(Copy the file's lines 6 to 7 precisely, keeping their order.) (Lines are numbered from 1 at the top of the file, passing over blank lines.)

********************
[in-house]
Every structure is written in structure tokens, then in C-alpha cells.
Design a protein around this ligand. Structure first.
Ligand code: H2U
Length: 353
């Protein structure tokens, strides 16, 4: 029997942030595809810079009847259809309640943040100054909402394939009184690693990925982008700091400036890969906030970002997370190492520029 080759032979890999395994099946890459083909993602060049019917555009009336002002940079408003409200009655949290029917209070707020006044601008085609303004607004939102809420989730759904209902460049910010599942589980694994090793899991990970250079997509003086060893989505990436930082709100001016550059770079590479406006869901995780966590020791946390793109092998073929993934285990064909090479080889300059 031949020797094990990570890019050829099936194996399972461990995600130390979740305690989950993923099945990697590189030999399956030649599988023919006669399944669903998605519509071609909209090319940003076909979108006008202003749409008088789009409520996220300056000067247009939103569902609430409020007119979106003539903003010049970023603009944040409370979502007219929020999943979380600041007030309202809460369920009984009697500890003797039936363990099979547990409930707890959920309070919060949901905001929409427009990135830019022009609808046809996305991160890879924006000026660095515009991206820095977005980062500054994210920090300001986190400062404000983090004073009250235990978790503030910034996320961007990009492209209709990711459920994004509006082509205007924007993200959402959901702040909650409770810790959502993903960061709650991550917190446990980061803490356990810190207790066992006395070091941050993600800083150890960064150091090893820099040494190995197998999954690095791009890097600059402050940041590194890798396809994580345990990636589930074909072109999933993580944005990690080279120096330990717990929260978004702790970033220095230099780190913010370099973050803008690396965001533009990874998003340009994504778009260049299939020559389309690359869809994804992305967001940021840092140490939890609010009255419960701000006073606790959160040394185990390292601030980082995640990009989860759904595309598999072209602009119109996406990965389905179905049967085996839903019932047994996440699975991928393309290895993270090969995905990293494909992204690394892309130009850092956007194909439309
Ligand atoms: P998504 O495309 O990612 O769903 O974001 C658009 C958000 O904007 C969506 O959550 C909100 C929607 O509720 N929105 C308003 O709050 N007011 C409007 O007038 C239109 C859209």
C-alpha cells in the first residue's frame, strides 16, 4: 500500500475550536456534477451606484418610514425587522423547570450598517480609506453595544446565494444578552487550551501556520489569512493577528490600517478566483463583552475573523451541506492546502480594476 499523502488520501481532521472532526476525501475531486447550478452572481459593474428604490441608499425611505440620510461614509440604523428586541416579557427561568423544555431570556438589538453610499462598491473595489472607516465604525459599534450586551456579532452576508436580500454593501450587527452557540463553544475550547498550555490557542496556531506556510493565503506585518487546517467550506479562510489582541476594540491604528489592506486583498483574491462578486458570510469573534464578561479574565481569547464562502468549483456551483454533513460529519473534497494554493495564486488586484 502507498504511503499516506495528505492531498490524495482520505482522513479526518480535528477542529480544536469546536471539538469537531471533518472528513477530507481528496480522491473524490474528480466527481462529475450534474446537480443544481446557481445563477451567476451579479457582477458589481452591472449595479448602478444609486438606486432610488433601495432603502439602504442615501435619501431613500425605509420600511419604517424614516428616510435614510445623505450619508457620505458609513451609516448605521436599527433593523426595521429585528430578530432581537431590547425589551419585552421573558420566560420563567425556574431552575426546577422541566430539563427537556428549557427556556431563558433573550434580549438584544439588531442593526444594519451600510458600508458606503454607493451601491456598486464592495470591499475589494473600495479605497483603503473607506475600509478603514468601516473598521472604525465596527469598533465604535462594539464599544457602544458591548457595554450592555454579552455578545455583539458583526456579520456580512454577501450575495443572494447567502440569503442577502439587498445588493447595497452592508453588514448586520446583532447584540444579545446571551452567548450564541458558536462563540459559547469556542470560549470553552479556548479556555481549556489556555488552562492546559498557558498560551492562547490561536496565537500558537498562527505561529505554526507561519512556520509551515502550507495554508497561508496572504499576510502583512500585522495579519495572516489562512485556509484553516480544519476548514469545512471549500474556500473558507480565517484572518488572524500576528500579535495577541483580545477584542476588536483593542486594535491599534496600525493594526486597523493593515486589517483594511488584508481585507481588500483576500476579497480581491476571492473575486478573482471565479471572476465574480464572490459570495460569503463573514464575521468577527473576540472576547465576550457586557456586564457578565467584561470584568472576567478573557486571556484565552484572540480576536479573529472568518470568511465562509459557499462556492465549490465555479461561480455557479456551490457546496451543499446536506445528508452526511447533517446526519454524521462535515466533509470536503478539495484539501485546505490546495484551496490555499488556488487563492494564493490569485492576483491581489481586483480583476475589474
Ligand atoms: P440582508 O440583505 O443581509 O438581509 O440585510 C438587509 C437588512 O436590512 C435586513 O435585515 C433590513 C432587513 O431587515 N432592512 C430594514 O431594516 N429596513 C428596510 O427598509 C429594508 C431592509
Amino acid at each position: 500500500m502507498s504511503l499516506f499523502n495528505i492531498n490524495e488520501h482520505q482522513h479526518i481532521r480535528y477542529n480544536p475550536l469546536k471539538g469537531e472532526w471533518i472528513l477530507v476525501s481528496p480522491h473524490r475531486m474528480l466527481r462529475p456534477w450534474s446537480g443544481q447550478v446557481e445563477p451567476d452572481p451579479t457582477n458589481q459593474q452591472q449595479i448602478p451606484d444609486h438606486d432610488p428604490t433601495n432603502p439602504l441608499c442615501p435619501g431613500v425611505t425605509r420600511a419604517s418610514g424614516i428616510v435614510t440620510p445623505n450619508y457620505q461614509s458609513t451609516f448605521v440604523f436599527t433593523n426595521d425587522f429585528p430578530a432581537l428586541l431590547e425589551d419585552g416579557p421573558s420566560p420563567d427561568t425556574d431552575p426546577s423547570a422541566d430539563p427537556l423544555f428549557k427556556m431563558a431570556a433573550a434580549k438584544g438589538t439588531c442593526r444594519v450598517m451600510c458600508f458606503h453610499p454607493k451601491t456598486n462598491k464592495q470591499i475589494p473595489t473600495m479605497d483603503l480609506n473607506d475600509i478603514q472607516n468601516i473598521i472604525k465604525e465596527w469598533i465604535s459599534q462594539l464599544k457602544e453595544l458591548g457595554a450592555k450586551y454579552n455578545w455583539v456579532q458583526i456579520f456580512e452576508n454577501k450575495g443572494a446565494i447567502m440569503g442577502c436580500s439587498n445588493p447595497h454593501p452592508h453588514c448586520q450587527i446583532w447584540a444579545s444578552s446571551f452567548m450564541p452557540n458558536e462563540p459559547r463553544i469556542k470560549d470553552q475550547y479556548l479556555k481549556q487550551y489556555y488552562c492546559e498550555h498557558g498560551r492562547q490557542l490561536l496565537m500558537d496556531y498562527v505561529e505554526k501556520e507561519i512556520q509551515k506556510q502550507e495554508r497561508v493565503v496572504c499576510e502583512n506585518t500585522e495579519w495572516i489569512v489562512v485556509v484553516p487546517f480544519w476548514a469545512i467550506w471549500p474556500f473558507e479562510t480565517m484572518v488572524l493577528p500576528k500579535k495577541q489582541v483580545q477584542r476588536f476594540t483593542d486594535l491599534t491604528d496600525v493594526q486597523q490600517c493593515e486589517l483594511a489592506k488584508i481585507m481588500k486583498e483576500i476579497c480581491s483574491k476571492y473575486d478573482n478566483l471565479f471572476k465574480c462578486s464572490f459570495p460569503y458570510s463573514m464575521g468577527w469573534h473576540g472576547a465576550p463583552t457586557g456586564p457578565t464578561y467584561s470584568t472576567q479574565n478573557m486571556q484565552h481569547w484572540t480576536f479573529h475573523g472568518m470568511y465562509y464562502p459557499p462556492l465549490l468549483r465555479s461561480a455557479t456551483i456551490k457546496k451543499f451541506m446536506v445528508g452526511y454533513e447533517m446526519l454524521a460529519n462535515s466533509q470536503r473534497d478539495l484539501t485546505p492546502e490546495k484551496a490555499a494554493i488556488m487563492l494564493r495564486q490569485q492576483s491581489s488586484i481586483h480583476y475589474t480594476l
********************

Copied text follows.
């Protein structure tokens, strides 16, 4: 029997942030595809810079009847259809309640943040100054909402394939009184690693990925982008700091400036890969906030970002997370190492520029 080759032979890999395994099946890459083909993602060049019917555009009336002002940079408003409200009655949290029917209070707020006044601008085609303004607004939102809420989730759904209902460049910010599942589980694994090793899991990970250079997509003086060893989505990436930082709100001016550059770079590479406006869901995780966590020791946390793109092998073929993934285990064909090479080889300059 031949020797094990990570890019050829099936194996399972461990995600130390979740305690989950993923099945990697590189030999399956030649599988023919006669399944669903998605519509071609909209090319940003076909979108006008202003749409008088789009409520996220300056000067247009939103569902609430409020007119979106003539903003010049970023603009944040409370979502007219929020999943979380600041007030309202809460369920009984009697500890003797039936363990099979547990409930707890959920309070919060949901905001929409427009990135830019022009609808046809996305991160890879924006000026660095515009991206820095977005980062500054994210920090300001986190400062404000983090004073009250235990978790503030910034996320961007990009492209209709990711459920994004509006082509205007924007993200959402959901702040909650409770810790959502993903960061709650991550917190446990980061803490356990810190207790066992006395070091941050993600800083150890960064150091090893820099040494190995197998999954690095791009890097600059402050940041590194890798396809994580345990990636589930074909072109999933993580944005990690080279120096330990717990929260978004702790970033220095230099780190913010370099973050803008690396965001533009990874998003340009994504778009260049299939020559389309690359869809994804992305967001940021840092140490939890609010009255419960701000006073606790959160040394185990390292601030980082995640990009989860759904595309598999072209602009119109996406990965389905179905049967085996839903019932047994996440699975991928393309290895993270090969995905990293494909992204690394892309130009850092956007194909439309
Ligand atoms: P998504 O495309 O990612 O769903 O974001 C658009 C958000 O904007 C969506 O959550 C909100 C929607 O509720 N929105 C308003 O709050 N007011 C409007 O007038 C239109 C859209």